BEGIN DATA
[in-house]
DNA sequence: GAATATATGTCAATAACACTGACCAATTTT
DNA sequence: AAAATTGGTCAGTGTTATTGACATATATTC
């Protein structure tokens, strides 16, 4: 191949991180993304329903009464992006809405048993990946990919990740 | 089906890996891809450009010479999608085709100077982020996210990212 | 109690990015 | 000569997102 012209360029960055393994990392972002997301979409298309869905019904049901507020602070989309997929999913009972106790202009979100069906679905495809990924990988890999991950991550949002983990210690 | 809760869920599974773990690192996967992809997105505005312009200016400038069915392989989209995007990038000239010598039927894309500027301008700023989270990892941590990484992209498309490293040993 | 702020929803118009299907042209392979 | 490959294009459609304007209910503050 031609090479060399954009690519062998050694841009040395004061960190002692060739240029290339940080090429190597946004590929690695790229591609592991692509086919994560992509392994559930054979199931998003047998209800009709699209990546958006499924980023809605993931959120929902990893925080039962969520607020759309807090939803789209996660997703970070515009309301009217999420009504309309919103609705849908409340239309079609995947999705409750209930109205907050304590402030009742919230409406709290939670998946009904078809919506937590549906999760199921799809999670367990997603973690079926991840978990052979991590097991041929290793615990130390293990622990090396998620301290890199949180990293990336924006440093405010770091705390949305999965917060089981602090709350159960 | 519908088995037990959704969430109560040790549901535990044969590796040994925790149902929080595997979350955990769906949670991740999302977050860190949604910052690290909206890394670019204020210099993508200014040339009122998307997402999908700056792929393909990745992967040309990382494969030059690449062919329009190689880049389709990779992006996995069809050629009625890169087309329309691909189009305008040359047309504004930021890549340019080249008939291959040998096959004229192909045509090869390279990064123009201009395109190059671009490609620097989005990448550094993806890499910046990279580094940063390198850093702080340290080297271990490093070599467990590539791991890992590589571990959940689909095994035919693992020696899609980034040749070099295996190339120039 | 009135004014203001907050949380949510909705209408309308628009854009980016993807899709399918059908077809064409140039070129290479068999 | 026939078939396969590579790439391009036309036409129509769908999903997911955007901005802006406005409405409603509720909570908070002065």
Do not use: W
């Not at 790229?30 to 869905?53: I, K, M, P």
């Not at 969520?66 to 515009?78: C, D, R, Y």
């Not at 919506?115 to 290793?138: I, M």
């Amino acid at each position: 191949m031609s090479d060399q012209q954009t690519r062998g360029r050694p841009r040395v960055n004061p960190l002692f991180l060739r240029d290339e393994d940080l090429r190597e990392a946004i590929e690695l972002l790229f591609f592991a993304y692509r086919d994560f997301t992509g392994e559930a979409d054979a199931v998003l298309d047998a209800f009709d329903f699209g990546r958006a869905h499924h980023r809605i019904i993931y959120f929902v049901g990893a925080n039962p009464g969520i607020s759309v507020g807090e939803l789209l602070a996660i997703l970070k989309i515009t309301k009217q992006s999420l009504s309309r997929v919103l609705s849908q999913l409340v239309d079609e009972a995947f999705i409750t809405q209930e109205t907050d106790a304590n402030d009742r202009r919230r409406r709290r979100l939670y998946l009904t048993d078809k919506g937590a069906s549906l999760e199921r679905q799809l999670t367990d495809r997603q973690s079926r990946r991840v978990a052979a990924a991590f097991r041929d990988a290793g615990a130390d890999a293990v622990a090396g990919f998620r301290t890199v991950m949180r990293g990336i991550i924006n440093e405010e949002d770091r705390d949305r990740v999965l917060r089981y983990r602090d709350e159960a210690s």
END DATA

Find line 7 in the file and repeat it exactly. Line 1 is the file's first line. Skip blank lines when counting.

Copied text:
């Not at 969520?66 to 515009?78: C, D, R, Y």